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Forint jumps as central bank ends rate-cutting cycle

Forint jumps as central bank ends rate-cutting cycleBUDAPEST: The forint surged to a two-month high against the euro on Tuesday after Hungary’s central bank surprised investors by announcing the end of its latest rate-cutting cycle.

The move could herald the end of years of monetary easing in the European Union’s emerging economies.

The Hungarian central bank closed the easing cycle with a 15 basis-point reduction in its base rate to 1.35 percent.

The cut was bigger than analysts’ 10 basis-point consensus forecast, but the forint firmed as the bank’s Governor Gyorgy Matolcsy said interest rates would remain at the current record low levels for a long time.

“So even if the US Federal Reserve hikes rates (late this year as expected), Hungary will not hike its own rates,” one Budapest-based currency dealer said. “People ignore that right now and the forint is being bought in brisk trade.”

The forint touched a two-month high at 307 against the euro, to give up some of the gains later. It traded at 307.69 at 1335 GMT, firmer by 0.8 percent from Monday.

Faster economic growth in Central Europe than in the euro zone is buoying the region’s currencies now that risk aversion has subsided after debt-laden Greece reached a deal with its creditors.

Junk-rated Hungary’s main interest rate is now lower than much better rated Poland’s. But ratings agencies are generally expected to upgrade Hungary in the next year, and political uncertainty around Poland’s October elections may weigh on the zloty.

“I cannot foresee any factors that could weaken the forint in the short term,” the dealer said.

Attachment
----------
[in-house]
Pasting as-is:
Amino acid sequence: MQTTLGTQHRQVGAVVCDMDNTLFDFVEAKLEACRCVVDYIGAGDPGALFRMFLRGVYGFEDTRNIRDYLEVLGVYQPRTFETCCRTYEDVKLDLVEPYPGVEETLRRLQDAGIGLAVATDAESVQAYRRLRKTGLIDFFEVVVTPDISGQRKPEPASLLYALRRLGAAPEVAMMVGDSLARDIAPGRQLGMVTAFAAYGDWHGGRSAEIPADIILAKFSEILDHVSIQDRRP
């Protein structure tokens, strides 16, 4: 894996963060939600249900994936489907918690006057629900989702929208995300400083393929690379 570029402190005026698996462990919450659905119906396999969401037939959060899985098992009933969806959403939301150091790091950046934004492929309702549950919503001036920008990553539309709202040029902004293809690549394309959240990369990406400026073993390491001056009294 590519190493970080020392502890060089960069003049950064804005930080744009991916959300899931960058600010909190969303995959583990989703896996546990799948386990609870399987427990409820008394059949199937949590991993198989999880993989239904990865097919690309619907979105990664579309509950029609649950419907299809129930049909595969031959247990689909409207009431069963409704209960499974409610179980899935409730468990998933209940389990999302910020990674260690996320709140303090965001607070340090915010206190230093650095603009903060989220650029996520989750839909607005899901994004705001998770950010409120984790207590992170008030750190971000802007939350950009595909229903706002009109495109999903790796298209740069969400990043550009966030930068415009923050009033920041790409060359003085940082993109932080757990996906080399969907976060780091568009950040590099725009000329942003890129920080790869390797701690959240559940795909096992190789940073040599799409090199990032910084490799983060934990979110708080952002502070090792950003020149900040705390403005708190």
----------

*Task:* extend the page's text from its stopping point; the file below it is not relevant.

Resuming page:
The zloty gained 0.2 percent.

The Czech crown reversed its early easing and firmed slightly as well, even though the central bank surprised late in the previous session by saying it sold the currency on Friday.

It was the first intervention since late 2013, when the central bank launched its weak-crown regime pledging to “prevent excessive appreciation of the crown exchange rate below 27 the euro” to fight deflation and help the economy.

Analysts said investors were likely to maintain pressure to strengthen the crown.

“(We) expect to see more volatility and ‘events’ near the official floor,” Commerzbank analysts said in a note.

The crown’s strength indicates that investors are reassessing the risk that the bank (CNB) will exit the weak crown cap earlier than expected, RBS analysts said in a note.

“Yet, we believe the CNB will retain its FX commitment until at least 2H (the second half of) 2016, in line with the central bank’s comments,” they added.

Copyright Reuters, 2015

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